For those of you who don’t live in
the San Francisco Bay area, it can get pretty cold and windy.
On a lovely sunny day in late April, it unexpectedly became very windy. Since I live in Lagunitas, a town around 30 miles north and
across the beautiful Golden Gate
Bridge, the ride home was not a
picturesque fun scoot ride, but turned into a freezing adventure from HELL
The wind gusts in the city were reported as high as 33mph when I left, but on the Golden Gate bridge only God knows how strong (and intermittent!) the wind was. Towards Lagunitas where I live wind approached 50mph ripping large branches off trees and even in one case blowing a tree down. .
Ah, a lovely night for a scooter ride.
I spent the night before in the city with my girlfriend, the lovely Donella. The night before we scooted home from a party around midnight in the city, it was cool but calm. Although the weather was forecast to be sunny and nice, it became much colder than expected.
I planned to go to a San Francisco Scooter Girls Mixer before I scooted home to Lagunitas. Donella had driven home, so I was on my way.
On the way to the mixer I took a street called Divisadero. This street goes over one of the highest steepest hills in San Francisco. Even going TO the party at around 6:30 pm I hit severe wind gusts. Not so much at the bottom of the hill where the restaurant was, but on the top of the hill getting there. Stopping for stop signs atop the hill, I’d actually feel my scooter being blown sideways, forcing me to dig in with my feet to hold the bike up. It was a beautiful sunny ride with typically beautiful SF scenery, but it was getting a lot cooler than I expected. When I started, temperature was reported at 53 degrees, wind 27mph, but it was a lot colder on top of those hills. Already my fingertips were getting cold in my unlined leather gloves.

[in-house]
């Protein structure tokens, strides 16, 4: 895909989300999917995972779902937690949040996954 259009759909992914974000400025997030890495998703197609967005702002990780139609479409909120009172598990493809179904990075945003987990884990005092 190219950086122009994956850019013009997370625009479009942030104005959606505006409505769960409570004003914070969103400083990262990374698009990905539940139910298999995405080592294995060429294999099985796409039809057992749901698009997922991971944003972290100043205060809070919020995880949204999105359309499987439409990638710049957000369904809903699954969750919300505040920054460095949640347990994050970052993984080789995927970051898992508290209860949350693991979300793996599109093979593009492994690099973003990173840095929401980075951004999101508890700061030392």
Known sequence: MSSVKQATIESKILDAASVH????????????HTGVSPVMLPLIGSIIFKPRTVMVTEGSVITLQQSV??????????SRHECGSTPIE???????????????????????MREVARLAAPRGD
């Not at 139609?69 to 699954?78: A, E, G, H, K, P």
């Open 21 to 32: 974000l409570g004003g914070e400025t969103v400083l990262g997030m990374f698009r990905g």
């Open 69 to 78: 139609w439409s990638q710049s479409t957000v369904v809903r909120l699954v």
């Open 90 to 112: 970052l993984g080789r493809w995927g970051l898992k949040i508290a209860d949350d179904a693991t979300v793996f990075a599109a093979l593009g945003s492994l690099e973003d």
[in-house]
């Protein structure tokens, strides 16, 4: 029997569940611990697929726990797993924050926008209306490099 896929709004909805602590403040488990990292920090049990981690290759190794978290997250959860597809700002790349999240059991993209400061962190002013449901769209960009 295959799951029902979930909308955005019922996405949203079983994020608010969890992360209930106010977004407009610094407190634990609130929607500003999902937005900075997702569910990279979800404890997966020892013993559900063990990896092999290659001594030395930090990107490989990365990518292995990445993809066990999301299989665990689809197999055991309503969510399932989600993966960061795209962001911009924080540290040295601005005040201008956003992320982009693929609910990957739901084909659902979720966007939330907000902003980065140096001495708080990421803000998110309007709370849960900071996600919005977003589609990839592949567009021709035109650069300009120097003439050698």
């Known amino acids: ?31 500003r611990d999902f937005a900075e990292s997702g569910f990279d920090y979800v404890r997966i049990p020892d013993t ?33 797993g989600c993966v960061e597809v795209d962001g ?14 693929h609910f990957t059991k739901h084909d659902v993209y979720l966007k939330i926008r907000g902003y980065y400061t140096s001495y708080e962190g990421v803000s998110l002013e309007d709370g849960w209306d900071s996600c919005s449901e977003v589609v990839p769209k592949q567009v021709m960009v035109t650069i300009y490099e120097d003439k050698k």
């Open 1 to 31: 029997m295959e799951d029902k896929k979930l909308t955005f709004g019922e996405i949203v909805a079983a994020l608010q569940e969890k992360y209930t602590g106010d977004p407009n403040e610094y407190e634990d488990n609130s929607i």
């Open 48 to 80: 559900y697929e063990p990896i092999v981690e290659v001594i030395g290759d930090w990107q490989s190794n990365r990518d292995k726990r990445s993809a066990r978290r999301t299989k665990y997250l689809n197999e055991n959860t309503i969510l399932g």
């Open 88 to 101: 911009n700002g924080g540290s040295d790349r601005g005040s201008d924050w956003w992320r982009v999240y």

I ride what I consider(ed) a fairly substantial scooter,
The Little Monster, my Aprilia 250 Sport City. Dry
weight around 330 lbs, and quick - 22.5 hp. Add me
and my gear and we’re up to 550 lbs. In 40 or 50mph
winds, Lil Monster* didn’t feel quite that monstrous.
Hey it’s a scoot, to zip around on and say “Ciao ciao!”
The Aprilia has a high ratio of horse power to weight,
which makes it quick and it really did tackle the head
on winds well. The problem is it is fairly light, so it does
get blown around a bit.
I got to the restaurant, met the ladies, and instinctively,
I got the feeling that I’d better head home soon. Halfway
through my first and only beer, Donella called telling
me that her truck was blowing sideways on the
Golden Gate Bridge – “Be Careful.”
Hmmmmm. Now if her truck is blowing sideways, I wonder what will happen to me on my scooter?